Australia, Transport News

NHVR reiterates safety driving message in wet weather

The NHVR has a list of checks and tests that truck drivers should be considering before tackling wet conditions around Australia

The National Heavy Vehicle Regulator (NHVR), in response to intense rainfall events across Australia, is emphasising the importance of safety and preparedness for truck drivers navigating these conditions.

NHVR CEO Sal Petroccitto says the regulator is reminding drivers of ways they can stay ahead of storms by highlighting key measures and equipment they should be taking on their journey.

“First and foremost, heavy vehicle drivers should be ensuring routine vehicle maintenance is up to date and pre-departure maintenance checks have been completed, before travelling to their destination,” Petroccitto says.

“This includes inspecting the vehicle’s tyres, making certain of proper tread depth and inflation, with adequate traction crucial in wet and slippery conditions. Drivers should also be checking the functionality of all lights, including headlights, hazard lights, brake lights and turn signals, in addition to testing windshield wipers.

“The NHVR’s number one priority is ensuring the safety of all road users, rain, hail or shine, and these are the safety measures that could save a life.”

NHVR chief operations officer Paul Salvati says heavy vehicle drivers should also be ensuring that their brakes are in optimal condition.

“It is crucial for heavy vehicle drivers to regularly check and maintain their brakes, especially in wet weather conditions,” Salvati says.

“Drivers should also make sure their load is properly secured and take caution when loading and unloading in adverse weather conditions, and always follow safety protocols.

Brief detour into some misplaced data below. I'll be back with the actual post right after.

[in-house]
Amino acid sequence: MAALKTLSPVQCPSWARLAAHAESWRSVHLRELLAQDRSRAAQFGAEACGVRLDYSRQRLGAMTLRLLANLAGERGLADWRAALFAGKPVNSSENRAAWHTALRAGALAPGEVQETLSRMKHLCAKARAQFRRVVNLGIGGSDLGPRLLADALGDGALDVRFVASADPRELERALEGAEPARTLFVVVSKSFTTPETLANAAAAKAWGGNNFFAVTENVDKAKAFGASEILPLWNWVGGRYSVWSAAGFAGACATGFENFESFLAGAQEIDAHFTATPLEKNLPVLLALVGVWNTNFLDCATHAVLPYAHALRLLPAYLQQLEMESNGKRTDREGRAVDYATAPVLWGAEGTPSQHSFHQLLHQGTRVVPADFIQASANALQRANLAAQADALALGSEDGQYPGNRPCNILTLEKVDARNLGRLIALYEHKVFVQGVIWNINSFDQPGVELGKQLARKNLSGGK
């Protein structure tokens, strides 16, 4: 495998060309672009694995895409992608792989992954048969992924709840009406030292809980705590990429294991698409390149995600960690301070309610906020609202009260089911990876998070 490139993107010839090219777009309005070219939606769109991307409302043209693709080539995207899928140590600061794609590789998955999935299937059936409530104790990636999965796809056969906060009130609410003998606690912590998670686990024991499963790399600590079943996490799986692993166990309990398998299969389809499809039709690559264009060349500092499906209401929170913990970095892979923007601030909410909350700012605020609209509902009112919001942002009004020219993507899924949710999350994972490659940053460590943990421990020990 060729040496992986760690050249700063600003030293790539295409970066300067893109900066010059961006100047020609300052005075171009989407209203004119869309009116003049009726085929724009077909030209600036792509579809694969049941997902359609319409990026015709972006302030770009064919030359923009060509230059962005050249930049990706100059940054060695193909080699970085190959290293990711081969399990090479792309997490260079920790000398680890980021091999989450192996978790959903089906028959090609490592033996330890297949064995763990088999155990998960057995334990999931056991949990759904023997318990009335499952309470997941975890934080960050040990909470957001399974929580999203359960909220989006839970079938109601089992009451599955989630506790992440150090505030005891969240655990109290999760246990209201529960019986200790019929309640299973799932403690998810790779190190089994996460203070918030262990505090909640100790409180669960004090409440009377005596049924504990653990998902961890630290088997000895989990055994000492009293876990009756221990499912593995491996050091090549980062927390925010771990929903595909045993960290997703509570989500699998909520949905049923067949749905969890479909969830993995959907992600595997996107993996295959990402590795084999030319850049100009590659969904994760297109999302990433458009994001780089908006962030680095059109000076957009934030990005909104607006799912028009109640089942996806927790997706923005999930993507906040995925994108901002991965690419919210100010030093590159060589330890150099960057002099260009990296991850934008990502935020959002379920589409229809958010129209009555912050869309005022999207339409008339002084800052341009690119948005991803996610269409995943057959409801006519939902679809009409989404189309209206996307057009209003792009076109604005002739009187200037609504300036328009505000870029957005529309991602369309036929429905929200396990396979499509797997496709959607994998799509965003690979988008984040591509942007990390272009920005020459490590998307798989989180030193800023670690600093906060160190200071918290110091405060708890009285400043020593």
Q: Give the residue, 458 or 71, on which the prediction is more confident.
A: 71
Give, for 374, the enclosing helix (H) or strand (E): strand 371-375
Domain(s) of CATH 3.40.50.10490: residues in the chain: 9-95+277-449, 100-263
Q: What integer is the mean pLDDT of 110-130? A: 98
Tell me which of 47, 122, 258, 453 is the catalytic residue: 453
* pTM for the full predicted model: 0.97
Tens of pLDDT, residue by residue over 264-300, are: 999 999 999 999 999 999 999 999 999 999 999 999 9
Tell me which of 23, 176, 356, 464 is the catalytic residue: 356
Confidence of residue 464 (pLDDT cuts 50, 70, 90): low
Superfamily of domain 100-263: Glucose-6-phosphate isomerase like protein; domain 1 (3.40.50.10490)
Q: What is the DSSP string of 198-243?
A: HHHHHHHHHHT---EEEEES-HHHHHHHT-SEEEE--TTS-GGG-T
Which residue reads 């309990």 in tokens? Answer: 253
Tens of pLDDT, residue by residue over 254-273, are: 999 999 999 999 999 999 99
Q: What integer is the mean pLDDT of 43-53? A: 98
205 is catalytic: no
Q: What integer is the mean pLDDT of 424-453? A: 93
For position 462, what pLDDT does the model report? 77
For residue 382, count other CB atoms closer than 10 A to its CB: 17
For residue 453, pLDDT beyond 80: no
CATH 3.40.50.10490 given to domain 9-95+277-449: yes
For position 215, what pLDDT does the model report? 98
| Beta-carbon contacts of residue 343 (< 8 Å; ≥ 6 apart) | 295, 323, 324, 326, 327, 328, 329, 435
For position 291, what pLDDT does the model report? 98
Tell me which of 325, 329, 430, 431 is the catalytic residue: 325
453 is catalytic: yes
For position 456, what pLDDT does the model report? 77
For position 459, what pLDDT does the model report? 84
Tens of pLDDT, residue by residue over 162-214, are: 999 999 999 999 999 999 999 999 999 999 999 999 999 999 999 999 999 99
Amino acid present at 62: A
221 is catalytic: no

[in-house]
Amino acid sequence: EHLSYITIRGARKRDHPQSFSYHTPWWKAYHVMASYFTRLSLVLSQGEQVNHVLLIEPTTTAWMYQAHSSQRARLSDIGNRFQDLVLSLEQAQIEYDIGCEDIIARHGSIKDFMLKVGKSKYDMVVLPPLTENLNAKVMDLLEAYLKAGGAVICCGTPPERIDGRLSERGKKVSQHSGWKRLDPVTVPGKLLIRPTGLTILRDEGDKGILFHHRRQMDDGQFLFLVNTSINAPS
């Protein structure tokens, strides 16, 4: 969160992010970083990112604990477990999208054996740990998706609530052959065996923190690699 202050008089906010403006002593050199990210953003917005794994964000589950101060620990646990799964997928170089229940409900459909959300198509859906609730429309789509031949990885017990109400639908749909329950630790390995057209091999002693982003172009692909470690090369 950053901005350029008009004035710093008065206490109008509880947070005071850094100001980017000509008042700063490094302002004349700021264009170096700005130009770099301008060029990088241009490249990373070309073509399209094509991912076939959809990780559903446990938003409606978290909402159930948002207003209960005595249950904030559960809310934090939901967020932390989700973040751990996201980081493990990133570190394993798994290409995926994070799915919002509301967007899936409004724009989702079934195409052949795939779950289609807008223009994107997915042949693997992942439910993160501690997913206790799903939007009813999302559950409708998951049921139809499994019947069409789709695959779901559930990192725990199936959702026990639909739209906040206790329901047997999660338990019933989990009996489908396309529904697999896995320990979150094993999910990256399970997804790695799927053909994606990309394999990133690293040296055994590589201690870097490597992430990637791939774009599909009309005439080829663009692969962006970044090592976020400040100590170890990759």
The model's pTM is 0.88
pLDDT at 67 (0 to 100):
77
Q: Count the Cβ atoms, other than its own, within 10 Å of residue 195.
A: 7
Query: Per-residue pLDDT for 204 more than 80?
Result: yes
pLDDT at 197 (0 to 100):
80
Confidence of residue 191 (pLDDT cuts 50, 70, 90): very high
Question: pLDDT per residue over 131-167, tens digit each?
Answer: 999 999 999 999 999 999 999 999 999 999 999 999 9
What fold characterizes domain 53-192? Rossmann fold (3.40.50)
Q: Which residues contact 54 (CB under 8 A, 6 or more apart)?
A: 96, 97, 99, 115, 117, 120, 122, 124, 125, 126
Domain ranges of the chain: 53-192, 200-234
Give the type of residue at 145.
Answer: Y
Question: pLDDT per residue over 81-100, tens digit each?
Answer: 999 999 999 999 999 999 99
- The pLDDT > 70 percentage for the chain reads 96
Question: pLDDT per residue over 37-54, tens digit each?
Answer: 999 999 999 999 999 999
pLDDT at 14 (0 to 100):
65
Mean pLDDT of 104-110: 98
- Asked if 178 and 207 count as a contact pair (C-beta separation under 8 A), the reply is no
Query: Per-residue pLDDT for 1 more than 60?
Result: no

“We are urging heavy vehicle drivers to plan their journey, taking into account road closures, detours or other important updates, and stay informed about weather forecasting along their route.”

Salvati says while these safe driving practices are paramount for truck drivers, the NHVR would also like to remind light vehicle drivers that unlike cars, heavy vehicles are difficult to manoeuvre.

“Risks of serious injury from a collision with a heavy vehicle is far greater than with a light vehicle, and in extreme weather conditions where visibility can be significantly compromised, it is crucial to keep a longer driving distance between your vehicle and a truck,” Salvati says.

“Heavy vehicles are larger, are unable to stop suddenly and require longer braking distances.

“We ask both general motorists and heavy vehicle drivers to be patient during these wet conditions, where road congestion can increase.”

The NHVR encourages heavy vehicle drivers to carry a well-stocked emergency kit that includes essentials such as a flashlight, reflective vest, extra warm clothing and a first aid kit.

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